Decorated Nigeria Paralympian finds home in Shreveport

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Grace Anozie is like many others; she wants to do right by mom and dad.

That mantra was tested nearly two decades ago when Anozie, after a suggestion from a friend, nervously embraced an athletic hobby in her native Nigeria.

“My parents don’t believe sports have anything good,” Anozie said. “They are all about education.”

Despite being paralyzed below the waist following a bout with polio at age 2, Anozie fell in love with weightlifting. She quickly learned, like any elite athlete, a powerful drive to win burned within.

Two years after picking up the sport, Anozie earned a bronze medal at the 2000 Paralympic Games (the debut of Paralympic powerlifting) in Sydney. She won another bronze four years later in Athens.

Anozie raised the bar in 2008 at the Beijing Games, where she captured a silver medal.

In February of 2012, Anozie set a new world record in the 82.50kg-plus category with a bench press of 168kg (about 370 pounds) in Dubai at the Fazza International Powerlifting Championships.

Later that year in London, at 34, Anozie’s lift of 162kg earned Paralympic gold.

Life as a paraplegic is “all” Anozie has known. The platform is her happy place. There, she’s judged — like any competitor, able-bodied or otherwise — simply on the number posted.

“When I’m competing, we are all equal,” she said. “It’s the same. Nothing is different.”

After four Paralympic Games, Anozie set her sights on the United States. Anozie left Nigeria for Chicago, but a problem with her training facility left her searching for a new home.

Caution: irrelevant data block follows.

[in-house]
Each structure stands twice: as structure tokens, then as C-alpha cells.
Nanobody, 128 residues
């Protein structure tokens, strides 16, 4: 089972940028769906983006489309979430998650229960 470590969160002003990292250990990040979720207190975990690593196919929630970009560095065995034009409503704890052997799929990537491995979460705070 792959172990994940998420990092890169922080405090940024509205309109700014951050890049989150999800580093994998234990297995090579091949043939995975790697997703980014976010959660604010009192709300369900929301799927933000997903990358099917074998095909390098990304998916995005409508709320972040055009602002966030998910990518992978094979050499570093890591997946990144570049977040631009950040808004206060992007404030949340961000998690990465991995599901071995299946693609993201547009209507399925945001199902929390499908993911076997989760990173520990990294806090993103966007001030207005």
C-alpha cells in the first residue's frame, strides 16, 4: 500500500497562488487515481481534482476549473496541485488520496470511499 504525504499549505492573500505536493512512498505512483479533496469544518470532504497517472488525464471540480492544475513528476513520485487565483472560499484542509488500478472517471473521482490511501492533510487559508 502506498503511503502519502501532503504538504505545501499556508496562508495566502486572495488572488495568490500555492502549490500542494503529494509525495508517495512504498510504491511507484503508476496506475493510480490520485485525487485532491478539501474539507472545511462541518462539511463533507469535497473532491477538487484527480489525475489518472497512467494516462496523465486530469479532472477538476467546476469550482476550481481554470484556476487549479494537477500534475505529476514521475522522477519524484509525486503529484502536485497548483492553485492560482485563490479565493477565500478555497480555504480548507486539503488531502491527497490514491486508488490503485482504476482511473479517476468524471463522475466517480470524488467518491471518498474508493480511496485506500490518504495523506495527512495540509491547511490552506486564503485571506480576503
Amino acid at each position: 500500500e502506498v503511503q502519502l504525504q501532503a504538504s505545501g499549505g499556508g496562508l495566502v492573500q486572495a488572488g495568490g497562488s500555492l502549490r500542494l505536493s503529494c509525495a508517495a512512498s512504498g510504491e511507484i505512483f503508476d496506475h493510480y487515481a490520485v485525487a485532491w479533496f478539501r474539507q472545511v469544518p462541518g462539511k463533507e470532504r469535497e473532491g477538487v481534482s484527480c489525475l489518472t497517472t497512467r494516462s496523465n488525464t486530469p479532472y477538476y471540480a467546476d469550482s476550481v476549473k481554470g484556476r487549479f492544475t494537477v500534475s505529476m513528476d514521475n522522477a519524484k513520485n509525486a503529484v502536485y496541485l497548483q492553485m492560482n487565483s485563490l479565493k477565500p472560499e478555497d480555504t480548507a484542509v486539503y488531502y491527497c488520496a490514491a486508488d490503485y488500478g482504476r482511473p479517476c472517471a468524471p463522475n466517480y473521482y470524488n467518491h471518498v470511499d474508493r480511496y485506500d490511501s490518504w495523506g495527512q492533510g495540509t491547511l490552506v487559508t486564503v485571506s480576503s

After browsing the Internet, LSUS’ world-class facility and head coach Kyle Pierce became an option.

“Coach Kyle has been a big help,” Anozie said. “There are lovely people here. Everyone wants to help me.”

Her parents do, too.

“After I won my first medal in international competition, they were like, ‘Wow, we didn’t know you could do this.’

“They are happy. They support me. Whenever I need them, they are there.”

Anozie never wanted to feel like she had “disobeyed” her parents; once she got the powerlifting bug, she was simply chasing a dream.

“They are happy. They love me,” she said. “They see me as one of their best kids now, but then it wasn’t like that.”

Anozie is currently surrounded by some of the sport’s best, including Shreveport’s two-time Olympian Kendrick Farris.

“Grace is a good person and very enjoyable to be around,” Pierce said. “I enjoy talking with her about a lot of things. She has a great deal of wisdom and is an inspiration to everyone in the gym.”

Anozie’s “next step” includes continuing her education. She definitely won’t have to run this decision by her parents.

“It makes me feel good,” Anozie said. “(Not having my parents) feels like I lost everything, like I’m alone in the world. I didn’t want to lose my parents. I’m happy they are happy with me.”

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